Capital Metro, UT Considering Revision to Spring 2014 Shuttle Route Proposal

By Roberto Gonzalez, Capital Metro Planning

UT ShuttleCapital Metro would like to thank our riders who have taken the time to provide valuable feedback regarding the proposed transition of WL and CR Shuttle route riders to mainline Capital Metro service for Spring 2014 (

The UT Shuttle system is jointly funded through a partnership between Capital Metro and The University of Texas. Funding for the University’s portion comes from the Student Fee Bill Committee (SSBC) and unfortunately, for the past several years, there has not been an increase to any of the organizations funded through the SSBC based on financial constraints across the University (despite annual rising costs).  Thus, the shuttle system cannot continue to operate at the same levels as before.

Working with the UT Shuttle Bus Committee (a group comprised of students, faculty, staff), Capital Metro staff has developed proposed changes to service in order to match available funding.  The committee must balance the needs of students with the need to provide cost-effective shuttle service that benefits the entire student community (all of whom pay equally into the system).


The proposal was developed after evaluating shuttle route performance where it was determined that both CR and WL shuttle routes are UT’s lowest-performing routes (measured by ridership and resources expended). In making this determination, Capital Metro used student population data gathered from the University as well as ridership data collected by automatic passenger counters (APC) equipped on shuttle vehicles. 

Anytime a major change to the system is proposed, Capital Metro collects public feedback and comments through various channels including:

  • public meetings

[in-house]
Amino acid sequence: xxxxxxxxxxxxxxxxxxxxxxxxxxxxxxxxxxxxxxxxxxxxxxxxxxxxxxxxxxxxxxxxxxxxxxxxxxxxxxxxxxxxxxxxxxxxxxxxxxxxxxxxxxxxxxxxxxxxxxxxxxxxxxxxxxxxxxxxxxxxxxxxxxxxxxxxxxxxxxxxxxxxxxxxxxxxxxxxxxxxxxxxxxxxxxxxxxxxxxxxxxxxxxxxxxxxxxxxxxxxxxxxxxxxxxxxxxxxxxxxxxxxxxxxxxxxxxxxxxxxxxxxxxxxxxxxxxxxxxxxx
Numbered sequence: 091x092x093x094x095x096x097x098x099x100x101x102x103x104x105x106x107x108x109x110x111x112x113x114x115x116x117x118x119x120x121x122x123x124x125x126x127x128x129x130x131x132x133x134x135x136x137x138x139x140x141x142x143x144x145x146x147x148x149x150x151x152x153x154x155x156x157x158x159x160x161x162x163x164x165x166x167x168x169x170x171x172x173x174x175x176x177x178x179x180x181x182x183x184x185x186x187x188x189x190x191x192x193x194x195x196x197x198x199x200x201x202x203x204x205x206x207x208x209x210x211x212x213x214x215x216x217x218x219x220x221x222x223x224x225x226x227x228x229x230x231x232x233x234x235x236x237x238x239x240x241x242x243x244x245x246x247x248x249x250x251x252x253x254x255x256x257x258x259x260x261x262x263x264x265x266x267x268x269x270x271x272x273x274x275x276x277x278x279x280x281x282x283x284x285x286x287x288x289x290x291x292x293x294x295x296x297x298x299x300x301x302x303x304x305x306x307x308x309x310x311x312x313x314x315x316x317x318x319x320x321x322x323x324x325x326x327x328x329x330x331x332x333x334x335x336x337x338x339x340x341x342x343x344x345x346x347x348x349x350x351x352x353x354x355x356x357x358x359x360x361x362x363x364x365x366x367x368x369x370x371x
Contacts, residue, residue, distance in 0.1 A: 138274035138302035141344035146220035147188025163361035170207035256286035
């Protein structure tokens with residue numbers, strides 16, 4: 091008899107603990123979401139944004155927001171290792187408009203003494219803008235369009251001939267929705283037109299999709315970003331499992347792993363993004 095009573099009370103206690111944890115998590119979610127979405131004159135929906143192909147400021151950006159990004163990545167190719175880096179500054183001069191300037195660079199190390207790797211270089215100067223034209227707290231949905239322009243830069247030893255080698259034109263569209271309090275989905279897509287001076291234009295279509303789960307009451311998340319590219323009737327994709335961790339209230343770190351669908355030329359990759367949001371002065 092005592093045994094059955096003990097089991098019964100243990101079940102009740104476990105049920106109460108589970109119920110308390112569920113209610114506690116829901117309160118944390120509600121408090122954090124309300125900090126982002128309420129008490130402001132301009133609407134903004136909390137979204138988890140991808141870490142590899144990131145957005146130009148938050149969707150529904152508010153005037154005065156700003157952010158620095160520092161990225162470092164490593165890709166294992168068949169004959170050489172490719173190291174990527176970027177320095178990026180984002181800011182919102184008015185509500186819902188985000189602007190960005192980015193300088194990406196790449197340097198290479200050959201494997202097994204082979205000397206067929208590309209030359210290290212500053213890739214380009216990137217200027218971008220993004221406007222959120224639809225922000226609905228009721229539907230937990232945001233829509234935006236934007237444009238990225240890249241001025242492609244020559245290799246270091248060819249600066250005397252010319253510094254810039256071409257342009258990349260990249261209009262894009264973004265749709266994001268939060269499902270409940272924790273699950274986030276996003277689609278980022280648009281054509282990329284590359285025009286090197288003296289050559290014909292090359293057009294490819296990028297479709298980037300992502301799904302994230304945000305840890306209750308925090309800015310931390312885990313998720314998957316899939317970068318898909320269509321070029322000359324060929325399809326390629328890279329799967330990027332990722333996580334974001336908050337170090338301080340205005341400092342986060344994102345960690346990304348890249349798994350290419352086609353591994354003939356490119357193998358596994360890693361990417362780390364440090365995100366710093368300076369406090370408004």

• on-line forums
  • webinars
  • emails
  • at-stop outreach
  • social media

Feedback is being reviewed on a daily basis by Capital Metro staff and initial summaries have been shared with the University.  By far, the majority of comments received to date have been from users of the CR Cameron Road shuttle (primarily, residents from the Camino la Costa area).  These comments have focused largely on the distance and area in which a student would be required to walk in order to reach the nearest mainline service to campus along Route 7 Duval/Dove Springs.  (Route 37 Colony Park/Windsor Park also offers access to campus for a majority of riders along the CR shuttle).  Students have also stated the use of Route 7 would increase travel time to/from the University.  Finally, students have expressed concerns that this change would take place mid-school year (spring), which for many would be in the middle of apartment leases.

revised proposal CRBased on feedback we have received on the proposal to transition the CR Shuttle route to mainline service, Capital Metro and The University of Texas are considering a revision to the initial service change proposal. This revised proposal would preserve service into the Spring semester, allowing students to make appropriate housing arrangements while the University and Capital Metro address funding constraints.

The revised CR Shuttle proposal would be modified to serve the Camino la Costa area only. Route CR would operate at every 30 minutes between 7am-11pm Weekdays (Finals service would also be offered) and at every 60 minutes between 3pm-10pm Sundays. This route, however, would operate only until the end of the Spring 2014 semester.